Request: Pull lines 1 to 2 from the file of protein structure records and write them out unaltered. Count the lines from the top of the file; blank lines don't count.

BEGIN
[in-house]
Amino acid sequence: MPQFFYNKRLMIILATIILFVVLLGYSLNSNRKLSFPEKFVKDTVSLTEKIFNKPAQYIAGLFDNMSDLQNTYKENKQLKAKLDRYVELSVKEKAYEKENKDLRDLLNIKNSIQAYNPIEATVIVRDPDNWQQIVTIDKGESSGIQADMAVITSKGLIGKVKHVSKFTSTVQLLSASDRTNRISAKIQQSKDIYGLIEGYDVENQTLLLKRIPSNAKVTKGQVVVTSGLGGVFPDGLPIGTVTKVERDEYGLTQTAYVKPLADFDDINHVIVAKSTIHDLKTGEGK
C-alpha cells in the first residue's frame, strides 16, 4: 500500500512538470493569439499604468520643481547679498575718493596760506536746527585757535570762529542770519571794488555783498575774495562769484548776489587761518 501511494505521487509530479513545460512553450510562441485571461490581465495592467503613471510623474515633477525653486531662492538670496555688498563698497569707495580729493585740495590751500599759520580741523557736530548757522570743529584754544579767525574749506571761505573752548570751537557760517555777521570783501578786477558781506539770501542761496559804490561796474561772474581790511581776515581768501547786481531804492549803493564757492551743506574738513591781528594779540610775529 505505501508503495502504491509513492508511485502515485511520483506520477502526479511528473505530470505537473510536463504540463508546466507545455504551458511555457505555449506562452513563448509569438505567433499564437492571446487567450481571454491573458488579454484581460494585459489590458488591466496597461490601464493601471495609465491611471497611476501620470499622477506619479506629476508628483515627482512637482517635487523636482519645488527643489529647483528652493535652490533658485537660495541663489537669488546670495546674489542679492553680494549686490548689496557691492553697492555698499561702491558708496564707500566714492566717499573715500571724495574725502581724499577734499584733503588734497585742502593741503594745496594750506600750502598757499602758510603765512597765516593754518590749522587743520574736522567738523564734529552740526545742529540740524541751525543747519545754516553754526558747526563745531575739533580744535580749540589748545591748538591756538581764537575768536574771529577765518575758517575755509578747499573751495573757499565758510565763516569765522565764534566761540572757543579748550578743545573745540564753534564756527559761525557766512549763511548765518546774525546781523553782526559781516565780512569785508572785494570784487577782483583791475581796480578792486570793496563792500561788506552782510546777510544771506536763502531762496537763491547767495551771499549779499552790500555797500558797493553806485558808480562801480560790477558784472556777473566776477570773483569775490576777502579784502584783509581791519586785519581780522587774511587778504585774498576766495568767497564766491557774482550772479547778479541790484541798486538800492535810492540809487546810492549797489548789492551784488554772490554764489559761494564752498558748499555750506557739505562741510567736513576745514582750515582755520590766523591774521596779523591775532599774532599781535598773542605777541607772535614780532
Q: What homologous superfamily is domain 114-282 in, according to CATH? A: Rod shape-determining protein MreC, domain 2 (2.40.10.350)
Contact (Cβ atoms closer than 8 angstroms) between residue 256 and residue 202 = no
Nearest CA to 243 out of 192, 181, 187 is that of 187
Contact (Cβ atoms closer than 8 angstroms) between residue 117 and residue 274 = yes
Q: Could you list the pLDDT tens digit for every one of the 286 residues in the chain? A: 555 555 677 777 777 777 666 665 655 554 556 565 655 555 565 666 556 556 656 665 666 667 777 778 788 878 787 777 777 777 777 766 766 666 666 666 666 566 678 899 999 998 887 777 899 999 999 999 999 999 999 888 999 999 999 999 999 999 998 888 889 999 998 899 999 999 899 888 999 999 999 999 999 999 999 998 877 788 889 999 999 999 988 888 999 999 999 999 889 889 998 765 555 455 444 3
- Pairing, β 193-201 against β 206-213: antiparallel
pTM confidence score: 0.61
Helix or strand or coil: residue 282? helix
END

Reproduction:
[in-house]
Amino acid sequence: MPQFFYNKRLMIILATIILFVVLLGYSLNSNRKLSFPEKFVKDTVSLTEKIFNKPAQYIAGLFDNMSDLQNTYKENKQLKAKLDRYVELSVKEKAYEKENKDLRDLLNIKNSIQAYNPIEATVIVRDPDNWQQIVTIDKGESSGIQADMAVITSKGLIGKVKHVSKFTSTVQLLSASDRTNRISAKIQQSKDIYGLIEGYDVENQTLLLKRIPSNAKVTKGQVVVTSGLGGVFPDGLPIGTVTKVERDEYGLTQTAYVKPLADFDDINHVIVAKSTIHDLKTGEGK